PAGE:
How did the railroads help with the growth of industrialization?


Quick Answer

By providing a means for reliable transportation, the railroads made the regular shipping of manufacturing supplies and manufactured goods in mass quantities possible. As a result, the railroads laid the groundwork for the Industrial Revolution through providing a foundational need in the development of industry.

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How did the railroads help with the growth of industrialization?
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Full Answer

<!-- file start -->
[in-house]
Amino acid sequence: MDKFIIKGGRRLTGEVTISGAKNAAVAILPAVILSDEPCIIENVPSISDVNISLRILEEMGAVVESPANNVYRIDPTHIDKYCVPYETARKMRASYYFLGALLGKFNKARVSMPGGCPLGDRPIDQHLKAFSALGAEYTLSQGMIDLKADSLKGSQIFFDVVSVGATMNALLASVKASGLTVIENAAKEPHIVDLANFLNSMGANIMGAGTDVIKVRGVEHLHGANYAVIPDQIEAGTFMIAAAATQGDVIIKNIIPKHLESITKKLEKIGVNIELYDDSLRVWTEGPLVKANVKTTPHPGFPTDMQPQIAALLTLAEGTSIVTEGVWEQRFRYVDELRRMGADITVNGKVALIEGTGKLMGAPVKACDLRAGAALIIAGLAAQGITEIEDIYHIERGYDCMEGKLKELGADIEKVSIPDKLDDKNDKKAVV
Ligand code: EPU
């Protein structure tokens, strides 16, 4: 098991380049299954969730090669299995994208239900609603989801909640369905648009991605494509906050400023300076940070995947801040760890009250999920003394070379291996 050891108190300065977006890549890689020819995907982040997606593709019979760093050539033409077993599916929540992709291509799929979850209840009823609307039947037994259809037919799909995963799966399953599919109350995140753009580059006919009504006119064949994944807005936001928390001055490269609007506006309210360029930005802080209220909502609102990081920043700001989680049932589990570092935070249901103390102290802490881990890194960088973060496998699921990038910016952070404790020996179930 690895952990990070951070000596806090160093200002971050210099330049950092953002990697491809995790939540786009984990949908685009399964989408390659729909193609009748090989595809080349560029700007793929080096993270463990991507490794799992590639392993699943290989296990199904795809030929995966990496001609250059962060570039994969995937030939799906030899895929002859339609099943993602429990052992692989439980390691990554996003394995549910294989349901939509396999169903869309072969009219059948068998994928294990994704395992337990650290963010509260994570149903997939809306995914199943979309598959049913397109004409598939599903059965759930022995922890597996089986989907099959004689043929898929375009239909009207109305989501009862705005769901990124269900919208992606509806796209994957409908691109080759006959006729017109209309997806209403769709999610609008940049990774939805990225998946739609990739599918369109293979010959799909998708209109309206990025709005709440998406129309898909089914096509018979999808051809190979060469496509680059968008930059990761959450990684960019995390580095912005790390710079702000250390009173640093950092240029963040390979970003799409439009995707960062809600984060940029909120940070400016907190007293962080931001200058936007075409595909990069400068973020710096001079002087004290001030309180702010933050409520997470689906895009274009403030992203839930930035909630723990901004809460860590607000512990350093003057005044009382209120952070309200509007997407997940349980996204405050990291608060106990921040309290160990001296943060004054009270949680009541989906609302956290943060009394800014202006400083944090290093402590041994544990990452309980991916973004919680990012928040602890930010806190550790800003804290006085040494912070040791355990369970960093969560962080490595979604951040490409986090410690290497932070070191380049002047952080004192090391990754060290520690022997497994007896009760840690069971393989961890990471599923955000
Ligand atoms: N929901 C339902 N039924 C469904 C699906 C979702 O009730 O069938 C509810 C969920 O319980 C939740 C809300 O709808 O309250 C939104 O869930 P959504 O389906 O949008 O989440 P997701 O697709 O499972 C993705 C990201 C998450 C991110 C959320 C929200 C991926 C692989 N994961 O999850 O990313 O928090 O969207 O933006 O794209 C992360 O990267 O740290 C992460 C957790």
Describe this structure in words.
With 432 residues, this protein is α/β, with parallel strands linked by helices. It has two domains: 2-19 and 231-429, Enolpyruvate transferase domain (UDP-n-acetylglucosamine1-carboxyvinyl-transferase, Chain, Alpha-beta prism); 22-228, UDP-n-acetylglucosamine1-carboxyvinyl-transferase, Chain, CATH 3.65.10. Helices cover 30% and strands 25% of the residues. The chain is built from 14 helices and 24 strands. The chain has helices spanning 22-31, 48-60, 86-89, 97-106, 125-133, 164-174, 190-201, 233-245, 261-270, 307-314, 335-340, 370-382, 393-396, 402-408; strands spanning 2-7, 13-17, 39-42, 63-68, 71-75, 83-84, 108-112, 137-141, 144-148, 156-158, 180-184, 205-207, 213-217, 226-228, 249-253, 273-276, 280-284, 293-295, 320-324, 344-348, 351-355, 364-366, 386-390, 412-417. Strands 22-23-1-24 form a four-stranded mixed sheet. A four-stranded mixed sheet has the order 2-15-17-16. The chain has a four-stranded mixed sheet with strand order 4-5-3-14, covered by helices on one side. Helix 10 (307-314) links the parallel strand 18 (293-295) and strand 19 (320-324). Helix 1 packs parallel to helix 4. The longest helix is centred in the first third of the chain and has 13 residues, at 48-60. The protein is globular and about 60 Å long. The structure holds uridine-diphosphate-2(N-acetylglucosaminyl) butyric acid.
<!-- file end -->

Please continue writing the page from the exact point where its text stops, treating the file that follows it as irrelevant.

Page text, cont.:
Prior to the existence of railroads, the transportation of goods, especially in a country as large as the United States, was limited by weather, speed, size and availability of water. Primary means of transportation included river barges and wagons drawn by animals. Rivers were a convenient means for transportation of a large mass of goods, but the rivers were not always located where the goods needed to be taken. Animal-drawn wagons could go places a river could not, but were slow and could not haul much. Canals expanded the water system, but dry seasons would make them impossible to use. The railroads were both a product of the Industrial Revolution and the means that made the expansion of this revolution possible. In England, George Stephenson put steam technology to use on metal rails and created the railroad. This technology was quickly adopted by the United States. From the establishment of the first railroad in the United States to the linking of the two coasts by the Transcontinental Railroad was 40 years. Without the Civil War, the railroads would have advanced more quickly. The railroads dropped the price of shipping significantly because of their ability to transport large amounts of goods, providing industry leaders with more capital that could be applied to building factories. They also brought industrial goods to consumers on a reliable basis which in turn supplied more money to the factories.

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